Competitive grant making has been a go-to approach for many donors as a way to promote fair distribution of resources, and inspire innovation among aid organizations. But a recent report by the U.K.’s aid watchdog argues direct grant making may be a better and more cost-effective option when it comes to promoting empowerment locally.
The report explored the Department for International Development’s support toward community engagement and government accountability via support to CSO advocacy in Malawi and Ghana. In it, the Independent Commission for Aid Impact said DfID-supported programs such as the Kalondolo program in Malawi — whose focus is more on improving public service delivery rather than lobbying for change in government policies or budgetary reforms — are showing “promising results” and “is more likely to deliver practical benefits in the short-run.” But there’s been “little evidence” showing improvements in government accountability resulting from the donor agency’s support for the advocacy work of CSOs.
“We observed a few examples of successful CSO campaigns on specific issues. We also saw examples of service-oriented CSOs being pushed into advocacy, even where this was clearly not their strength. We sawlittle evidence that these programmes were likely to contribute to ‘transformative social and political change’ over the short or medium term,” ICAI argued, although it stops short of recommending that DfID stop its support for CSO advocacy.
The report added: “While it is not certain that donor support for CSOs can prevent this happening, building civil society capacity to campaign for reforms and alert the public to emerging problems may still be a worthy use of the development budget. The objectives, however, need to be clearer, more realistic and more specific to each country context.”
DfID’s lack of clearer and more realistic set of objectives are issues that the watchdog raised in previous reports.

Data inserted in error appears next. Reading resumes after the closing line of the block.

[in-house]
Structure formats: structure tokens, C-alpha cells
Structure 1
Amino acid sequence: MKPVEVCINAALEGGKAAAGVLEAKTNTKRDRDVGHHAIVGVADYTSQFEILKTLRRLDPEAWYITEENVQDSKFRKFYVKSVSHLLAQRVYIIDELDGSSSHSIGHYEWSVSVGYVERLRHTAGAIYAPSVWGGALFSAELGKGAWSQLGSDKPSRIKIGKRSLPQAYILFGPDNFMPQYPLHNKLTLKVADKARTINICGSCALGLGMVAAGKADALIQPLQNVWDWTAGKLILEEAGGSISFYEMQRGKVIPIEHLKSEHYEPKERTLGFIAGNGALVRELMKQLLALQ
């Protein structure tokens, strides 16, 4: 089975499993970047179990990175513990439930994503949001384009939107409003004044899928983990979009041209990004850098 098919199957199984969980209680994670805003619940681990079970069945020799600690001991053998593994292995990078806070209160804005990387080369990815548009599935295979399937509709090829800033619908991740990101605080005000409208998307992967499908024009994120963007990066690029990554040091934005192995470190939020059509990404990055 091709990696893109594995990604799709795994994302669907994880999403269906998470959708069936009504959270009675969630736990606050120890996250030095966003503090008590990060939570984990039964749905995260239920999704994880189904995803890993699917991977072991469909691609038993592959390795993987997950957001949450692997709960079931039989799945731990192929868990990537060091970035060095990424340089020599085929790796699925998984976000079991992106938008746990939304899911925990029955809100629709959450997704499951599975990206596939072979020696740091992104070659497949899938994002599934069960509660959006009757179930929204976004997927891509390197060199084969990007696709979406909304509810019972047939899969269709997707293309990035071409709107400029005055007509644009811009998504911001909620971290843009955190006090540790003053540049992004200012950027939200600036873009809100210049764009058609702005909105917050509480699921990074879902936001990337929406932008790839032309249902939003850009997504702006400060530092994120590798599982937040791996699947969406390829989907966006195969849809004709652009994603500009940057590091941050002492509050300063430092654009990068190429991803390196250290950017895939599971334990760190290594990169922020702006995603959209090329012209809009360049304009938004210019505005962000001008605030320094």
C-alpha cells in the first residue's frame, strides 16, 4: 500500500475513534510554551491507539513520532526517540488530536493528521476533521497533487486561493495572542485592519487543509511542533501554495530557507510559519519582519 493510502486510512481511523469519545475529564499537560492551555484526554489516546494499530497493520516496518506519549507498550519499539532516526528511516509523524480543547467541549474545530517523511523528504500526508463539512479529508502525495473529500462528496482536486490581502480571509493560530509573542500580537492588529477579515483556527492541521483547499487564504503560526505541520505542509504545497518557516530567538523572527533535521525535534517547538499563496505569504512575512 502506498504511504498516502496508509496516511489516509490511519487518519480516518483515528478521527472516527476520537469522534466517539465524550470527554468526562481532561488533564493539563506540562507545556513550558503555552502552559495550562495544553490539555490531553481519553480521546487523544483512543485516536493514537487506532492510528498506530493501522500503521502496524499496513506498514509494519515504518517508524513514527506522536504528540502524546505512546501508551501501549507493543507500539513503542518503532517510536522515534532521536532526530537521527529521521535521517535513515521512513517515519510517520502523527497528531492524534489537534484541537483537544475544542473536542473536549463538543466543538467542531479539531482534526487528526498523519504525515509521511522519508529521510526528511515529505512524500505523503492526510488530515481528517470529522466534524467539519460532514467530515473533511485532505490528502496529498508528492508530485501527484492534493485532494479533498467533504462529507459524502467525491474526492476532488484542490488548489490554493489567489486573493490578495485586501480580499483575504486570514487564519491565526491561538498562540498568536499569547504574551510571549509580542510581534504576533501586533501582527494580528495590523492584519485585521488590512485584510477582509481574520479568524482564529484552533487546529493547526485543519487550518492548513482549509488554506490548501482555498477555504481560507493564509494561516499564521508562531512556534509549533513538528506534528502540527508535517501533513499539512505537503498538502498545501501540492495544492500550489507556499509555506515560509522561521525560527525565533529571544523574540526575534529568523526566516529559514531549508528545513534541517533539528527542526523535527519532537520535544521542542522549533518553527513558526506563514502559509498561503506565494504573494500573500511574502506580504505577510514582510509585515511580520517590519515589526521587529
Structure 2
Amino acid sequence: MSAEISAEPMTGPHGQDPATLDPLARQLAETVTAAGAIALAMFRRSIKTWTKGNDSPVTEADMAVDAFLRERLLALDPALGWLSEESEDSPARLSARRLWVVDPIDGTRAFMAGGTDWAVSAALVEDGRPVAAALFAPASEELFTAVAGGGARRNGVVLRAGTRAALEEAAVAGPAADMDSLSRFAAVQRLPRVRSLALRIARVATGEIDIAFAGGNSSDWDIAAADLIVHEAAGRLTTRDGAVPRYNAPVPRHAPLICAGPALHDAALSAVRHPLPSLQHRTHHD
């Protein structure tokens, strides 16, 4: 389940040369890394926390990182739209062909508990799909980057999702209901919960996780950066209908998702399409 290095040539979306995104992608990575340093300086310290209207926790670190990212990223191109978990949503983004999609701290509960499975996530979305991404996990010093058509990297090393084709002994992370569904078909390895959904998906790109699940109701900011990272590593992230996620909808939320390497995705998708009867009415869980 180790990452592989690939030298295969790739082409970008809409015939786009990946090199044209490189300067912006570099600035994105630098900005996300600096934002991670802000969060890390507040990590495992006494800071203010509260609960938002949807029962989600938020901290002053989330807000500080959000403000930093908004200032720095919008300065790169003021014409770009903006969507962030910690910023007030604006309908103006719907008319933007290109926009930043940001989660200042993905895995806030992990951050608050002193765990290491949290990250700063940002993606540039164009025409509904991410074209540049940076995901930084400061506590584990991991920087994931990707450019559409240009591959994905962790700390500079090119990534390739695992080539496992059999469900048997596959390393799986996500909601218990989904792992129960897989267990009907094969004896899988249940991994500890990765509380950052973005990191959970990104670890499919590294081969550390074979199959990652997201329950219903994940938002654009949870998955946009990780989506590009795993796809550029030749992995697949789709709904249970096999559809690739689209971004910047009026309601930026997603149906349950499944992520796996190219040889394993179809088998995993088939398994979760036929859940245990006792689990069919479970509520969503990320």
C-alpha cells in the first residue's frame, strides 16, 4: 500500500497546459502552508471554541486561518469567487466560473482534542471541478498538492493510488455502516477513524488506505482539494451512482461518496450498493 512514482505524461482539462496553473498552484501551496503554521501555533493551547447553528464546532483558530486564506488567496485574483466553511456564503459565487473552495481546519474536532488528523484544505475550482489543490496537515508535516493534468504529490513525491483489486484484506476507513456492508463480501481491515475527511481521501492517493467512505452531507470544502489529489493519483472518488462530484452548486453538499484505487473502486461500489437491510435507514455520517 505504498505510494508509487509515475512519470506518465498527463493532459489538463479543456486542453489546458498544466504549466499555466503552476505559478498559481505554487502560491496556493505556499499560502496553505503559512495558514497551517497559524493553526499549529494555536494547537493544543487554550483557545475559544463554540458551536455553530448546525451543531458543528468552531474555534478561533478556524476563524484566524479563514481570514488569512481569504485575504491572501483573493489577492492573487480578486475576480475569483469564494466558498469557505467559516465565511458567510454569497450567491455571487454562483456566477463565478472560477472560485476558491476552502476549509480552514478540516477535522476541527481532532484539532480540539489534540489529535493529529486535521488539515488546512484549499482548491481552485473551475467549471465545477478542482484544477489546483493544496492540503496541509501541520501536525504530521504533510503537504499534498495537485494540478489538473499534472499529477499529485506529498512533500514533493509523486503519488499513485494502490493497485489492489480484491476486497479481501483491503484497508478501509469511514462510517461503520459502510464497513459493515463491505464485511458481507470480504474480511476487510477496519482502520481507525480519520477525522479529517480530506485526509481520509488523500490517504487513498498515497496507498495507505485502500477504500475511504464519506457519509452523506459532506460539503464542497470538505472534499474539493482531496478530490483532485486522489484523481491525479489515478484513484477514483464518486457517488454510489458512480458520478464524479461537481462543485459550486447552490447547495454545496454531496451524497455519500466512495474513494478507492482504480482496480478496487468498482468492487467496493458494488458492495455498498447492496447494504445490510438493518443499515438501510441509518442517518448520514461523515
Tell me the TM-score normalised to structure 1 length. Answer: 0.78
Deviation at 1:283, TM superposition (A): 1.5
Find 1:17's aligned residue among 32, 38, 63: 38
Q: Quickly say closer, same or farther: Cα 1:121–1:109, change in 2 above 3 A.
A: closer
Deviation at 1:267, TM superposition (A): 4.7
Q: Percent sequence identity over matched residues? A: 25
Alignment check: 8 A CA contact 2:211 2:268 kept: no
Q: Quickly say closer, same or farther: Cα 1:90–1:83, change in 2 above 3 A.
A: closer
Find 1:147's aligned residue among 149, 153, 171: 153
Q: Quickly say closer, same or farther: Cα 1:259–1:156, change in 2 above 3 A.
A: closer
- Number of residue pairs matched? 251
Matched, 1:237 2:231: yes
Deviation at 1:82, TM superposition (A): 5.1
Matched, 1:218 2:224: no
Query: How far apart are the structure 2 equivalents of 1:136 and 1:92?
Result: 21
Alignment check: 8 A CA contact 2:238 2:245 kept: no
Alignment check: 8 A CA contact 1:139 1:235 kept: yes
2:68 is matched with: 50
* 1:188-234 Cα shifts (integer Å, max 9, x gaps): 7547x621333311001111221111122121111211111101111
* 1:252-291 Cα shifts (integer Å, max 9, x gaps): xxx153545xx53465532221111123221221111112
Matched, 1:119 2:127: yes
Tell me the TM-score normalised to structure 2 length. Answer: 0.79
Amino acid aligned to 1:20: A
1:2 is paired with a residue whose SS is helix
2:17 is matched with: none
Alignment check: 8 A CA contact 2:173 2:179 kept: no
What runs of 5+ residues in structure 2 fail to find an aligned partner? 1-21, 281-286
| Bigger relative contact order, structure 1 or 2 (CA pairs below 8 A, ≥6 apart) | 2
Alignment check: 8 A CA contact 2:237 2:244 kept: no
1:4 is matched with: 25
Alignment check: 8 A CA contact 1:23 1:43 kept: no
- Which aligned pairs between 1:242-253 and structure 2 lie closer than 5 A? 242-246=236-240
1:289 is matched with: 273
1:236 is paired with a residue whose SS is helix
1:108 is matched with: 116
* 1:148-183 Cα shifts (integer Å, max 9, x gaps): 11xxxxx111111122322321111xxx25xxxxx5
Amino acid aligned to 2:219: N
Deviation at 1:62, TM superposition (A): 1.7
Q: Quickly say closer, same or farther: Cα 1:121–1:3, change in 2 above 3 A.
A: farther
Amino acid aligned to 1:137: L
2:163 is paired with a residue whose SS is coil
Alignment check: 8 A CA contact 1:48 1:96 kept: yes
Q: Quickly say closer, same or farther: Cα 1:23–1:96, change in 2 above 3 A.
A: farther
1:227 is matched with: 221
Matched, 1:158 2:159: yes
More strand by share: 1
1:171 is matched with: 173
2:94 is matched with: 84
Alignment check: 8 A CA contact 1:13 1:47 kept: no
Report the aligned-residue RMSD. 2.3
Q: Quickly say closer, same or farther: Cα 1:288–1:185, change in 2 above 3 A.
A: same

DfID employs a range of funding options to CSOs that include both for advocacy and delivery of goods and services. In Ghana, it has both competitive and managed grants. But the donor has yet to introduce the same set up in Malawi.
ICAI recommends for DfID to focus its support on social accountability programs — or those that address inefficiencies or problems in the delivery of public services and development programs — as this is an area that government agencies show interest and can therefore facilitate more engagement and improved performance. DfID should also focus on a “limited number of the most promising candidates” instead of pushing more “CSOs into advocacy roles.”
“Both programmes [STAR-Ghana and Tilitonse] should consider allowing established, high-capacity organisations with strong risk management systems and track records of successful project implementation to graduate to core funding, in order to consolidate and scale up their approaches,” although ICAI also recommended that DfID make use of external audits to know whether its chosen grant-making approaches are working and properly implemented.
Devex reached out to several Malawian NGOs for comment, but they have not yet responded as of this writing.
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